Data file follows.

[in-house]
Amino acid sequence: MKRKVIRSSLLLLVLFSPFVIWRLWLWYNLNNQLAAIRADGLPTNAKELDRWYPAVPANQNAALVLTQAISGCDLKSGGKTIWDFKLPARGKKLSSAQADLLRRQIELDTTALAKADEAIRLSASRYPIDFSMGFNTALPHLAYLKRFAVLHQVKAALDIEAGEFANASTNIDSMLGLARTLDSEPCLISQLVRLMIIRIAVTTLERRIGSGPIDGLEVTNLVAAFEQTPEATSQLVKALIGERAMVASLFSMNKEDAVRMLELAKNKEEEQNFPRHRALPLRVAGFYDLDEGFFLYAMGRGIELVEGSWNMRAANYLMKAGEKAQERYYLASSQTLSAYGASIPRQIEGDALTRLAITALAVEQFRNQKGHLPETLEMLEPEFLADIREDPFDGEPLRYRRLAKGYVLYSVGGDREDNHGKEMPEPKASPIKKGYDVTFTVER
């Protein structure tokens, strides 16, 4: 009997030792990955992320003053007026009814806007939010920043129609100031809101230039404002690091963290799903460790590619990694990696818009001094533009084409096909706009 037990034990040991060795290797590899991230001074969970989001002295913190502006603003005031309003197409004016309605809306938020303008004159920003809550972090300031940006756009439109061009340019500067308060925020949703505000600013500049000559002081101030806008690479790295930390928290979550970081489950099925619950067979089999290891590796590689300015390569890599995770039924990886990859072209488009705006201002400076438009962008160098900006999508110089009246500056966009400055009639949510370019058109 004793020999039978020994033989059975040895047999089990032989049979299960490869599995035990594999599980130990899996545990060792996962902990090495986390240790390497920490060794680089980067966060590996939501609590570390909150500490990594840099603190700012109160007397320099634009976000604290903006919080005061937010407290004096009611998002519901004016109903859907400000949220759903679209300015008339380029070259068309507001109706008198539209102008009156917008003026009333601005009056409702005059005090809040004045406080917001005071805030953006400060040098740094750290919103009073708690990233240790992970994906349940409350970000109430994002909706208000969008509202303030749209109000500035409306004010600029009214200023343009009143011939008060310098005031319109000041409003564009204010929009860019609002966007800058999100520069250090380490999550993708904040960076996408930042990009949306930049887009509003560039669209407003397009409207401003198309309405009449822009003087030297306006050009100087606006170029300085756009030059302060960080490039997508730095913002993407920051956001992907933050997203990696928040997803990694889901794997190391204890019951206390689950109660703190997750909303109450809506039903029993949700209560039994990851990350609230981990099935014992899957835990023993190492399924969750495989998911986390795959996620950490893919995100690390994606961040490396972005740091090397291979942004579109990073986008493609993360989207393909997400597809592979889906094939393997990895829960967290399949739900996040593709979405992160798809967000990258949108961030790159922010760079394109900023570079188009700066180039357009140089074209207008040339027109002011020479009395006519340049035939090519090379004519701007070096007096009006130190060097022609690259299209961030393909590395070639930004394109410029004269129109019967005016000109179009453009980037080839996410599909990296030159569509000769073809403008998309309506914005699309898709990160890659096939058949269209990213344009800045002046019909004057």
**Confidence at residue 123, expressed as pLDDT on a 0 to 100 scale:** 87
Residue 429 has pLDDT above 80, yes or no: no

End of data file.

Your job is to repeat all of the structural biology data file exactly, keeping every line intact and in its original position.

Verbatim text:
[in-house]
Amino acid sequence: MKRKVIRSSLLLLVLFSPFVIWRLWLWYNLNNQLAAIRADGLPTNAKELDRWYPAVPANQNAALVLTQAISGCDLKSGGKTIWDFKLPARGKKLSSAQADLLRRQIELDTTALAKADEAIRLSASRYPIDFSMGFNTALPHLAYLKRFAVLHQVKAALDIEAGEFANASTNIDSMLGLARTLDSEPCLISQLVRLMIIRIAVTTLERRIGSGPIDGLEVTNLVAAFEQTPEATSQLVKALIGERAMVASLFSMNKEDAVRMLELAKNKEEEQNFPRHRALPLRVAGFYDLDEGFFLYAMGRGIELVEGSWNMRAANYLMKAGEKAQERYYLASSQTLSAYGASIPRQIEGDALTRLAITALAVEQFRNQKGHLPETLEMLEPEFLADIREDPFDGEPLRYRRLAKGYVLYSVGGDREDNHGKEMPEPKASPIKKGYDVTFTVER
């Protein structure tokens, strides 16, 4: 009997030792990955992320003053007026009814806007939010920043129609100031809101230039404002690091963290799903460790590619990694990696818009001094533009084409096909706009 037990034990040991060795290797590899991230001074969970989001002295913190502006603003005031309003197409004016309605809306938020303008004159920003809550972090300031940006756009439109061009340019500067308060925020949703505000600013500049000559002081101030806008690479790295930390928290979550970081489950099925619950067979089999290891590796590689300015390569890599995770039924990886990859072209488009705006201002400076438009962008160098900006999508110089009246500056966009400055009639949510370019058109 004793020999039978020994033989059975040895047999089990032989049979299960490869599995035990594999599980130990899996545990060792996962902990090495986390240790390497920490060794680089980067966060590996939501609590570390909150500490990594840099603190700012109160007397320099634009976000604290903006919080005061937010407290004096009611998002519901004016109903859907400000949220759903679209300015008339380029070259068309507001109706008198539209102008009156917008003026009333601005009056409702005059005090809040004045406080917001005071805030953006400060040098740094750290919103009073708690990233240790992970994906349940409350970000109430994002909706208000969008509202303030749209109000500035409306004010600029009214200023343009009143011939008060310098005031319109000041409003564009204010929009860019609002966007800058999100520069250090380490999550993708904040960076996408930042990009949306930049887009509003560039669209407003397009409207401003198309309405009449822009003087030297306006050009100087606006170029300085756009030059302060960080490039997508730095913002993407920051956001992907933050997203990696928040997803990694889901794997190391204890019951206390689950109660703190997750909303109450809506039903029993949700209560039994990851990350609230981990099935014992899957835990023993190492399924969750495989998911986390795959996620950490893919995100690390994606961040490396972005740091090397291979942004579109990073986008493609993360989207393909997400597809592979889906094939393997990895829960967290399949739900996040593709979405992160798809967000990258949108961030790159922010760079394109900023570079188009700066180039357009140089074209207008040339027109002011020479009395006519340049035939090519090379004519701007070096007096009006130190060097022609690259299209961030393909590395070639930004394109410029004269129109019967005016000109179009453009980037080839996410599909990296030159569509000769073809403008998309309506914005699309898709990160890659096939058949269209990213344009800045002046019909004057």
**Confidence at residue 123, expressed as pLDDT on a 0 to 100 scale:** 87
Residue 429 has pLDDT above 80, yes or no: no